Bluff has the rules for unbelievable lies, and also the GM is encouraged to alter DCs (or apply appropriate penalties/bonuses) to reflect strange or ridiculous circumstances. But keep in mind, the highest human bluff score in our world is like, +8*. And con artists can and have convinced people to leap off buildings, unlock doors they are guarding and hand the con artist the key and their gun, or betray their own family members, after they were told this was a famous con artist they were talking to. And most skilled con artists basically do not expect someone to be hard to manipulate, if not precisely in that extreme a circumstance.
So if Loki, god of lies and mischief, stabs an Umber Hulk and convinces it that actually it's someone over in that direction who stabbed them, so they go raging off in that direction busting through walls etc, while I don't particularly know how Loki achieved that, he was able to do that because he is very good at lying. Better than people in our world at lying, who are themselves using techniques they often struggle to describe and which most people who think they understand them (or claim to) are then unable to reproduce even slightly.
Lying is incredibly potent and powerful as a weapon, and most people are incredibly bad at it. So like most things PCs can do that their players can't (like cast Fireball), some handwaving is required to explain how they actually get from A to B (go on, cast fireball right now at the table to prove you know how your character does it - or it doesn't go off). Something like misdirecting an opponent as to who attacked them even if that person isn't present is the barest edge of what lies can accomplish and not impossible at all.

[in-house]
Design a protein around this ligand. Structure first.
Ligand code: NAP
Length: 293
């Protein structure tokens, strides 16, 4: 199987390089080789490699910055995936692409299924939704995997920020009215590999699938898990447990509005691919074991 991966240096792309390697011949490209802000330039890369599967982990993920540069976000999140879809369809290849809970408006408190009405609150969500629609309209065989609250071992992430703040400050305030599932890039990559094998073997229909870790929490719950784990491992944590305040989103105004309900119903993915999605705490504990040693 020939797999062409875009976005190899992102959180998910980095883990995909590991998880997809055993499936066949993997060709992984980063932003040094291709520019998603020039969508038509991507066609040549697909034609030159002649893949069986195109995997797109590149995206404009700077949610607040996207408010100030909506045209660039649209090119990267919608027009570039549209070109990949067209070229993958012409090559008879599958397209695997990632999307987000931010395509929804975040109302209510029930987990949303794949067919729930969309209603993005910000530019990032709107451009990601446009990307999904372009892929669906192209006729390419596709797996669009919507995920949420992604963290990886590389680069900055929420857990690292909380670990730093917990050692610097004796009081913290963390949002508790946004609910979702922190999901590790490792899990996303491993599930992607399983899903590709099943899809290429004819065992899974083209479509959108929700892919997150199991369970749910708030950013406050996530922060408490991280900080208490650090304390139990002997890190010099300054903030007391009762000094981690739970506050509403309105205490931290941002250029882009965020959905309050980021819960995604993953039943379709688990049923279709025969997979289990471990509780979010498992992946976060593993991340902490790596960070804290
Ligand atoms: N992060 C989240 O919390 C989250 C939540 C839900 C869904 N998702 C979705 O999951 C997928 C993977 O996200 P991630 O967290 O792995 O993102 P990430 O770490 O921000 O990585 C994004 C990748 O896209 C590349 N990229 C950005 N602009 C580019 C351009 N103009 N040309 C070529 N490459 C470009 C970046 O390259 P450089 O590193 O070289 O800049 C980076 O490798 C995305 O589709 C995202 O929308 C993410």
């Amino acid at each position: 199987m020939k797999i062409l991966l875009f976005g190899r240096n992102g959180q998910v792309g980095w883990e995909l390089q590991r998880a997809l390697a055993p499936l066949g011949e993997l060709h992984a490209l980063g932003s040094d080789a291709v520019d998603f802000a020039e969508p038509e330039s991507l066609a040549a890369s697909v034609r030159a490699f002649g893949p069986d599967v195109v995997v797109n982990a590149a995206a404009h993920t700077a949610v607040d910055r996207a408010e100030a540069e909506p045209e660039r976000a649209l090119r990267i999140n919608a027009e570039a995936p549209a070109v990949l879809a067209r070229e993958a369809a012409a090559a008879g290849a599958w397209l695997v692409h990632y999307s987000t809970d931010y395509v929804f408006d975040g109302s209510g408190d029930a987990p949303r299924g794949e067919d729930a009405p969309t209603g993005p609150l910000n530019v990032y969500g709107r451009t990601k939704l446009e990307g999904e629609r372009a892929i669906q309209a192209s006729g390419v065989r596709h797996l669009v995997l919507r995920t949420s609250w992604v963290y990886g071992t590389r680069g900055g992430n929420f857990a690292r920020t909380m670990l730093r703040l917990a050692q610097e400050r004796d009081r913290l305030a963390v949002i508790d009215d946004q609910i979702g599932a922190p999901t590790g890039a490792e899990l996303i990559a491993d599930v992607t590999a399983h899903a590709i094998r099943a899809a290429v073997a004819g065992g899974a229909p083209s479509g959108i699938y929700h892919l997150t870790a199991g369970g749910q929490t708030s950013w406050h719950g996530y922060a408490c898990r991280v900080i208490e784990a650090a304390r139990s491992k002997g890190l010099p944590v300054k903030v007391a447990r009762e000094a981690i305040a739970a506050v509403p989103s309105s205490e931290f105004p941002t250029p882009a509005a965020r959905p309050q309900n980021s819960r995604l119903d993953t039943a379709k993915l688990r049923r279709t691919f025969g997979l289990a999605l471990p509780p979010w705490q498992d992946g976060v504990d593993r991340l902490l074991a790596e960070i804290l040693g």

That said, if you asked whoever wrote that ability, they'd probably immediately clarify that they meant 'someone else adjacent' or 'someone else in the room'. They might even say they meant 'another enemy' of the creature targeted, and not say, an ally (getting accidentally stabbed by your allies in a confused melee is unfortunately quite common). It's very unlikely to be the intended use of this Rogue Talent, even though the text clearly makes it possible as written.
RAW - yes, that's how it works.
In-universe - lies are incredibly powerful. The GM may provide a penalty to your roll for an unbelievable lie, but provided you succeed, there is no reason this wouldn't work and I bet a skilled liar in our world could reproduce this while having less magical aids to his lying and less lies that work ('magical mind control' is less plausible in our setting).
RAI - the author likely did not think about that as an option and given pathfinder's relative level of power given to skills and rogues and fighters (as opposed to clerics, wizards and druids) would probably be shocked at the idea of rogues doing anything other than swinging daggers and picking locks.
* using human athletic world record holders as a baseline for maximum 'level' achievable in this setting.